Friday, November 20, 2009
Scientists in Norway announced Friday they had detected a mutated form of the swine flu virus in two patients who died of the flu and a third who was severely ill.
In a statement, the Norwegian Institute of Public Health said the mutation “could possibly make the virus more prone to infect deeper in the airways and thus cause more severe disease,” such as pneumonia.
The institute said there was no indication that the mutation would hinder the ability of the vaccine to protect people from becoming infected or impair the effectiveness of antiviral drugs in treating people who became infected.
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Scientists have analyzed about 70 viruses from confirmed Norwegian swine flu cases and found the mutation in only those three patients, Geir Stene-Larsen, the institute’s director general, said in the statement.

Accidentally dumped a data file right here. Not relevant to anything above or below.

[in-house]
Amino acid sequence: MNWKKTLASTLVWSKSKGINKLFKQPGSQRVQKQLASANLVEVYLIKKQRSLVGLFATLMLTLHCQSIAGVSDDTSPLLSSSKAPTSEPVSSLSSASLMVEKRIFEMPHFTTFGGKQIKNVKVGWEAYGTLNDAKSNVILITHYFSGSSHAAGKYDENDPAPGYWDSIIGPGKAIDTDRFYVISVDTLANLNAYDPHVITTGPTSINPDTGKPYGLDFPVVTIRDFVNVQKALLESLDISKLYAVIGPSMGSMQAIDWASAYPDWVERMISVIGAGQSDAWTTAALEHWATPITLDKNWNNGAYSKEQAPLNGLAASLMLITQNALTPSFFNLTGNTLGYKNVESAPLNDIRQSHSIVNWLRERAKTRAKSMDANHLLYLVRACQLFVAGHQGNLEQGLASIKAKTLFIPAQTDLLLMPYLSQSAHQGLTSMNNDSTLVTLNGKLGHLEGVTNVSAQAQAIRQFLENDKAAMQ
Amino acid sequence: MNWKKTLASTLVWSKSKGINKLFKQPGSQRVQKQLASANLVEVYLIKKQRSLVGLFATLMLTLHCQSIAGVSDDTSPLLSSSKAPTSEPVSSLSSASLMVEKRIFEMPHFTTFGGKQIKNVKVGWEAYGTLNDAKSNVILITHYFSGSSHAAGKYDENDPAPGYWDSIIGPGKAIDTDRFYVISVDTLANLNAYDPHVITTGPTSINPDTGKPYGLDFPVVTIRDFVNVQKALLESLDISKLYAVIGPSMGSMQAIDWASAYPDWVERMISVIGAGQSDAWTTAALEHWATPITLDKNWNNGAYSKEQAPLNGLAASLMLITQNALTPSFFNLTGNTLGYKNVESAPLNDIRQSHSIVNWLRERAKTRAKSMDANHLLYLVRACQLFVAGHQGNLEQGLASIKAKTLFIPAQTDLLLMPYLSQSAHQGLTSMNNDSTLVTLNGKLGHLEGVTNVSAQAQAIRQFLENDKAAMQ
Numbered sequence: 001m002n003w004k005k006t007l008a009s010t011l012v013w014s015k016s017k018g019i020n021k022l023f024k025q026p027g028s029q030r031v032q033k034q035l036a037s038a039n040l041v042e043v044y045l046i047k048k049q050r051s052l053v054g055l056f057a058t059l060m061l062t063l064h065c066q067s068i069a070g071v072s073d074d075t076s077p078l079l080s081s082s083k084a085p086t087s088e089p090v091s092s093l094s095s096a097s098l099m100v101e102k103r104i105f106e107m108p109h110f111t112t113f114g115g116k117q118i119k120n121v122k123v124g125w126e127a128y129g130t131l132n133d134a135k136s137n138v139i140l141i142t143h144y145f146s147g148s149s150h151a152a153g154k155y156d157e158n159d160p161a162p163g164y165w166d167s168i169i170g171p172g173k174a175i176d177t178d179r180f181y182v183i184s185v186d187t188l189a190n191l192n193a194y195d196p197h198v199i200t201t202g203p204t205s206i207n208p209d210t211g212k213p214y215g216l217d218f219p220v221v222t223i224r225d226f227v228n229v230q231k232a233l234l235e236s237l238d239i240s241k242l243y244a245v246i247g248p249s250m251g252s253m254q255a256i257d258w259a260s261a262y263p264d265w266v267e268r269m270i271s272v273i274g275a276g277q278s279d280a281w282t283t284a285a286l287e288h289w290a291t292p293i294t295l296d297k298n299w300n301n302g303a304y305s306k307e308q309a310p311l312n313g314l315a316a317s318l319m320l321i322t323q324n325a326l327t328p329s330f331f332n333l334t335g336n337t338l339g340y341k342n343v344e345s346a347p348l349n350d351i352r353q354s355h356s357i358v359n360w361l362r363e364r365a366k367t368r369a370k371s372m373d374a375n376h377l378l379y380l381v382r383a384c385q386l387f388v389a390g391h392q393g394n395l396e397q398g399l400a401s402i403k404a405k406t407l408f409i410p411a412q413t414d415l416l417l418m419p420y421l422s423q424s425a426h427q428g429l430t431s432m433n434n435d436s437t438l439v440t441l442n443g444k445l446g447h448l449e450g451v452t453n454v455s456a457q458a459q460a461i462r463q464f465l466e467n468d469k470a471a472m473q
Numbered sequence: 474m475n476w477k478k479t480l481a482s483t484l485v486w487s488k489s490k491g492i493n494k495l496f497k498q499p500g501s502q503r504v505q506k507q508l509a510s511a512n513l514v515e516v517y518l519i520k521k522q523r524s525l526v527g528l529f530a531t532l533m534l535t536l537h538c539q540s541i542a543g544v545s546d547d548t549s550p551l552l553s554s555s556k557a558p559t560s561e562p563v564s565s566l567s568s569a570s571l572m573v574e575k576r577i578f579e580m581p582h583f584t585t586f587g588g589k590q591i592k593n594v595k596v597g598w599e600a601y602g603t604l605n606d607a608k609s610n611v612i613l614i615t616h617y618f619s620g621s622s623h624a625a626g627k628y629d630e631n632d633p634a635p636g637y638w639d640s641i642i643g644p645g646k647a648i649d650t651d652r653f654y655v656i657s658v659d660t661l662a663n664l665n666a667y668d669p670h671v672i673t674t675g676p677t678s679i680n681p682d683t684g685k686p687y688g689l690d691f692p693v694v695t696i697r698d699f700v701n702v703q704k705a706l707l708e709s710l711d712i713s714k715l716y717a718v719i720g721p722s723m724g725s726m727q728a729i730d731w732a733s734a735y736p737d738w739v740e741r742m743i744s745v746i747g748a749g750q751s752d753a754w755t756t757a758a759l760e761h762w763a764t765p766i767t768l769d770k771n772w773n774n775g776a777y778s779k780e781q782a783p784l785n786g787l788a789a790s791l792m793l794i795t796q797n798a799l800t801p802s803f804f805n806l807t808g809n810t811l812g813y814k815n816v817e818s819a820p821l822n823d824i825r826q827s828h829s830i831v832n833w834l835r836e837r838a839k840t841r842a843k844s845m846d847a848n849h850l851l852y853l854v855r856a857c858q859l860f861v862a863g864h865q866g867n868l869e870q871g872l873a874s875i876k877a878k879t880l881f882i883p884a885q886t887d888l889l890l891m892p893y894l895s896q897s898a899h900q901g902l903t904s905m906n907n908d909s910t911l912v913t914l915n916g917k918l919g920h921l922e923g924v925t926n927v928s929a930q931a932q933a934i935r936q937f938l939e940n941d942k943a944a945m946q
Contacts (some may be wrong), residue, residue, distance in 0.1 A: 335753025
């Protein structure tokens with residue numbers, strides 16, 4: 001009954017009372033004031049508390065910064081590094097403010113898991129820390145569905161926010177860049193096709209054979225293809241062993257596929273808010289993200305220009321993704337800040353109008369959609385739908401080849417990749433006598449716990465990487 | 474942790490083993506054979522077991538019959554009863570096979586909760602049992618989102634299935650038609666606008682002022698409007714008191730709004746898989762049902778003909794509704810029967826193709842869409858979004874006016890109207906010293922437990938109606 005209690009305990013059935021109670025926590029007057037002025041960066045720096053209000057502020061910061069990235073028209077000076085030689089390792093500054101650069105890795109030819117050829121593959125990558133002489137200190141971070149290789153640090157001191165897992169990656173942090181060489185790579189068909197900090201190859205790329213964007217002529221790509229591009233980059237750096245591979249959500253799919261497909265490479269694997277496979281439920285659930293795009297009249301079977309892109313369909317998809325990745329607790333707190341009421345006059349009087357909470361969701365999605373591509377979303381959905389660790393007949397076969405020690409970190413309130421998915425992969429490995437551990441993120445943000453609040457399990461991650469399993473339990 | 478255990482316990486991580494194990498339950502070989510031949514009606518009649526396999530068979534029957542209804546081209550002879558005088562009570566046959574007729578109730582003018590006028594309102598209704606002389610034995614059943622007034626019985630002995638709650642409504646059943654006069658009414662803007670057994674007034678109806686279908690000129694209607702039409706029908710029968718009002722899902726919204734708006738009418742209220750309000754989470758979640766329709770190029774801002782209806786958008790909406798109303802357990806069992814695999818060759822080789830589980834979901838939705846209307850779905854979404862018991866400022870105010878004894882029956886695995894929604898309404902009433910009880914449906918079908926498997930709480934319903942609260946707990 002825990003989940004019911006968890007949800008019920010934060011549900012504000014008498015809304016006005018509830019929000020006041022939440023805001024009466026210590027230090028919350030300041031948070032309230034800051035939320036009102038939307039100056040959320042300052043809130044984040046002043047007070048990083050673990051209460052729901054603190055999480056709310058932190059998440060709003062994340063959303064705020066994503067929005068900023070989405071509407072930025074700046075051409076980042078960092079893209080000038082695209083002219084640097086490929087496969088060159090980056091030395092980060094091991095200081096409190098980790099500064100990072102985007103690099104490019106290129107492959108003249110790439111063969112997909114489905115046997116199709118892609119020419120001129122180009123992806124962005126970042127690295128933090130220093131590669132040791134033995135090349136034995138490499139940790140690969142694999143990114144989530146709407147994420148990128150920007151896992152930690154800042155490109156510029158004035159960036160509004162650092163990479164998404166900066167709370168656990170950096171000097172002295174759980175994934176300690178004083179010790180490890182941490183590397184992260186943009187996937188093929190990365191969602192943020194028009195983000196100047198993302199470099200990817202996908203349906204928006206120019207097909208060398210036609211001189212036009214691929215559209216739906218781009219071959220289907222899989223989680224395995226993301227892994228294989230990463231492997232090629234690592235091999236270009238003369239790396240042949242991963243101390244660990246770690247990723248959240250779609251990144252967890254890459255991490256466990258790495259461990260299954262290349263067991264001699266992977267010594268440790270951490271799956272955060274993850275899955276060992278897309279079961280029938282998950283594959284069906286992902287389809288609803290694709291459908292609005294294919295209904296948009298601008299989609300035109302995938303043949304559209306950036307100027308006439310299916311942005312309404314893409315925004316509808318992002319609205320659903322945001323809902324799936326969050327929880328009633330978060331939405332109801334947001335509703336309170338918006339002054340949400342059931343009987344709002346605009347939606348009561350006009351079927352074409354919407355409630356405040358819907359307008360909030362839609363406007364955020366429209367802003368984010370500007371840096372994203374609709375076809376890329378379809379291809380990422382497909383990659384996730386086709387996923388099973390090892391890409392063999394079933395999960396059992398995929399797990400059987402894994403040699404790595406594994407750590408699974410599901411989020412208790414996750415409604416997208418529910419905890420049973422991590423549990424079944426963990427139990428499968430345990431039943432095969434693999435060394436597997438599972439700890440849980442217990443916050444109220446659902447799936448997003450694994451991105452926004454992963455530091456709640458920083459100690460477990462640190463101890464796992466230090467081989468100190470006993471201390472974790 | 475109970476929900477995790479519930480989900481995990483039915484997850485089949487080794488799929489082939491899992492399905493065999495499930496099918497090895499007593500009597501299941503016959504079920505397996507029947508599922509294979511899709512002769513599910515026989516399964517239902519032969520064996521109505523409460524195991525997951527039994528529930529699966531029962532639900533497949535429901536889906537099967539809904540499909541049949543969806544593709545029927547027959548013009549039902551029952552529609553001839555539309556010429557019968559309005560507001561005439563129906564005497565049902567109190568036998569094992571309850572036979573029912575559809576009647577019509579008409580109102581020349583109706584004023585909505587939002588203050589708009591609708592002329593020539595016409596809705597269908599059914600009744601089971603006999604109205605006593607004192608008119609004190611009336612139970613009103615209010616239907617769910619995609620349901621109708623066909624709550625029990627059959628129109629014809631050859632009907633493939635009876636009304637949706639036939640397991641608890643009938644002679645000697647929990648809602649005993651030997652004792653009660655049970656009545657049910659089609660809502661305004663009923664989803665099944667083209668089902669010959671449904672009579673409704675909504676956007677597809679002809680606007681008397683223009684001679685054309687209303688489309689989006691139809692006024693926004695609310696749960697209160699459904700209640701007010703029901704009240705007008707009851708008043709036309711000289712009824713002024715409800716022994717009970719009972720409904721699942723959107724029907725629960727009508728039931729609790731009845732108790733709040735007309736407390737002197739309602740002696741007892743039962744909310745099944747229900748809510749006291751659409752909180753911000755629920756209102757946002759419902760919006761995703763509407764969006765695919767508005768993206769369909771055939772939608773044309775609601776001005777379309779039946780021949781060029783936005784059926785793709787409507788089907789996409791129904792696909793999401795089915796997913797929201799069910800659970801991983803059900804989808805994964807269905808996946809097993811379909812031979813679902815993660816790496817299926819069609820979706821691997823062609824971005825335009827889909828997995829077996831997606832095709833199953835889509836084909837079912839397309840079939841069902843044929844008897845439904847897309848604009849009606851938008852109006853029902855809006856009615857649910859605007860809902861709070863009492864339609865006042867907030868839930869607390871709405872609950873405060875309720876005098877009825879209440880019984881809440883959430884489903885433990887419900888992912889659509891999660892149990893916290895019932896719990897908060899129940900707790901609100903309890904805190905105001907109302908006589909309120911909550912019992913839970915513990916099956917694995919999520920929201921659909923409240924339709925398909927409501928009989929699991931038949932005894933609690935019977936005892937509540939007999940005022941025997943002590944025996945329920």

“Based on what we know so far, it seems that the mutated virus does not circulate in the population, but might be a result of spontaneous changes which have occurred in these three patients,” the statement said.
A top U.S. health official said the mutation was no reason for alarm. The same mutation has been detected elsewhere in the world, including possibly in the United States, in both severe and mild cases.
This article was posted: Friday, November 20, 2009 at 12:46 pm